Supreme Court Will Hear Arguments in Texas Redistricting Cases

The flags of texas and the United States fly together

Today, the U.S. Supreme Court will hear oral arguments on two cases that challenge racially discriminatory redistricting in Texas. The Southern Coalition for Social Justice will argue that the state intentionally created and voted for discriminatory redistricting maps — twice. CLC submitted an amicus brief in support of the argument.

In 2011, after the 2010 Census results, the Texas state legislature redrew its state house and Congressional maps. Throughout both of these maps, Texas lawmakers purposely packed and cracked minority voters to minimize their growing voting strength.  For example, in order to protect two white members (elected in 2010 in Latino leaning Congressional districts 23 and 27), the legislature diluted the strength of the Latino vote in both districts to provide an easier path to re-election for their incumbent friends, while simultaneously drawing another racially gerrymandered district, district 35.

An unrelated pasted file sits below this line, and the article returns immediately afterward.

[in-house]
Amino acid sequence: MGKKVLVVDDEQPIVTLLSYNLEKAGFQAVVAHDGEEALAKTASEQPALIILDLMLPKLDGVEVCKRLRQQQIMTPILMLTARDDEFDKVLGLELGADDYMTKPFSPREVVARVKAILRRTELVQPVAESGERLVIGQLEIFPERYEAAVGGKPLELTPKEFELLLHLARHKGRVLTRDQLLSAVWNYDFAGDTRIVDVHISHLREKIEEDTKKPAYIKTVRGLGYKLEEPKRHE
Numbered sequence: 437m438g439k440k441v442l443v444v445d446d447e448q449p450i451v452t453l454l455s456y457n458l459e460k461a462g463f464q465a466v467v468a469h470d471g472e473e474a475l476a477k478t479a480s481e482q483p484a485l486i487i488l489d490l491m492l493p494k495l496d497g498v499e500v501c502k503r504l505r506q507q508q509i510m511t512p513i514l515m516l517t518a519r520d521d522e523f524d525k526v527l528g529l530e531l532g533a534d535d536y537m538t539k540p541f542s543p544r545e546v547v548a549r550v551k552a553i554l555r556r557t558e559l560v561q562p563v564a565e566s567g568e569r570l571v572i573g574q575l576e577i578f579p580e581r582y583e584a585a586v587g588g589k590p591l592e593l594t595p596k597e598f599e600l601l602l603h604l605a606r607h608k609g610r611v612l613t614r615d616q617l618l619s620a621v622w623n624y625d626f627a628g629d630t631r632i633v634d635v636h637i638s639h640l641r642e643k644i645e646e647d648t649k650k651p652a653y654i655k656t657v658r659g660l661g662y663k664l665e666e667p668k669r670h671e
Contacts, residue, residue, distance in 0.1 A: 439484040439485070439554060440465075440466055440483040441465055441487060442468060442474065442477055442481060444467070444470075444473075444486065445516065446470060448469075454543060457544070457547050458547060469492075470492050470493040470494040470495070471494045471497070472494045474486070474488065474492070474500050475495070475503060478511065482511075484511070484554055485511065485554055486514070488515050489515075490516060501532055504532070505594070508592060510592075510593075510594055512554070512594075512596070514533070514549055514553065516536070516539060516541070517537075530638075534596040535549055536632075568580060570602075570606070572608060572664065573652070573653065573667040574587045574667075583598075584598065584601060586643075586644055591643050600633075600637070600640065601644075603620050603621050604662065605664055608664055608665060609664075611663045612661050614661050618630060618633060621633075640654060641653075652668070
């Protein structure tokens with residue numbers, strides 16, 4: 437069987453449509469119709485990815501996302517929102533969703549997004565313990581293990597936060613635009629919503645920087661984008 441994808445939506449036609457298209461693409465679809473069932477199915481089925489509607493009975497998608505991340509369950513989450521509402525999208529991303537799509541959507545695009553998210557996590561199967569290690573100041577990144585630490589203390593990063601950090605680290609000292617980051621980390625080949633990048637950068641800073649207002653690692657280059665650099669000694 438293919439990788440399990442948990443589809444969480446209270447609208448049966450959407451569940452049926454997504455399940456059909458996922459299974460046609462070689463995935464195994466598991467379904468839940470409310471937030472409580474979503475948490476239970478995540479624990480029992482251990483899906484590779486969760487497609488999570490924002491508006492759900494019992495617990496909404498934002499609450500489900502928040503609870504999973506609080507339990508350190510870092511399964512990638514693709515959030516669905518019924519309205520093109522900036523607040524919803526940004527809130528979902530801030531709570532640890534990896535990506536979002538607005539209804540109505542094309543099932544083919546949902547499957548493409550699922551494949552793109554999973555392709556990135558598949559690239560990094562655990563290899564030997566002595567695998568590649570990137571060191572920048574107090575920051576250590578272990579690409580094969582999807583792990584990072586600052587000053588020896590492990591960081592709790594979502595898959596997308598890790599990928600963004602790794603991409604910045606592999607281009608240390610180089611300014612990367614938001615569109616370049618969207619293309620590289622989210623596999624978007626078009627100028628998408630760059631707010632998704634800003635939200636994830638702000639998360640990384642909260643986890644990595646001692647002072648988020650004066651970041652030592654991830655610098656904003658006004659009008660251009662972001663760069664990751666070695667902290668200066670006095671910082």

Throughout the redistricting process, legislative leaders excluded all representatives of the black and Latino communities from meaningfully contributing to or commenting on the mapping process. In addition, those same leaders were openly “hostile to the creation of any minority districts,” and were willing to provide minority opportunities “only if they felt it was required by the VRA.”                                                                                                                                 

Today the Supreme Court has an opportunity to hold the Texas state legislature accountable for its discriminatory acts and refuse to endorse a strategy of simply re-enacting discriminatory maps mid-litigation based upon explicitly preliminary and temporary court rulings along the way.

It’s now up to the Supreme Court to rein in this anti-democratic and discriminatory practice. The Supreme Court must enforce our most basic ground rule in redistricting: politicians cannot intentionally discriminate against voters because of their race. We’re hopeful the Court will do so in these cases.


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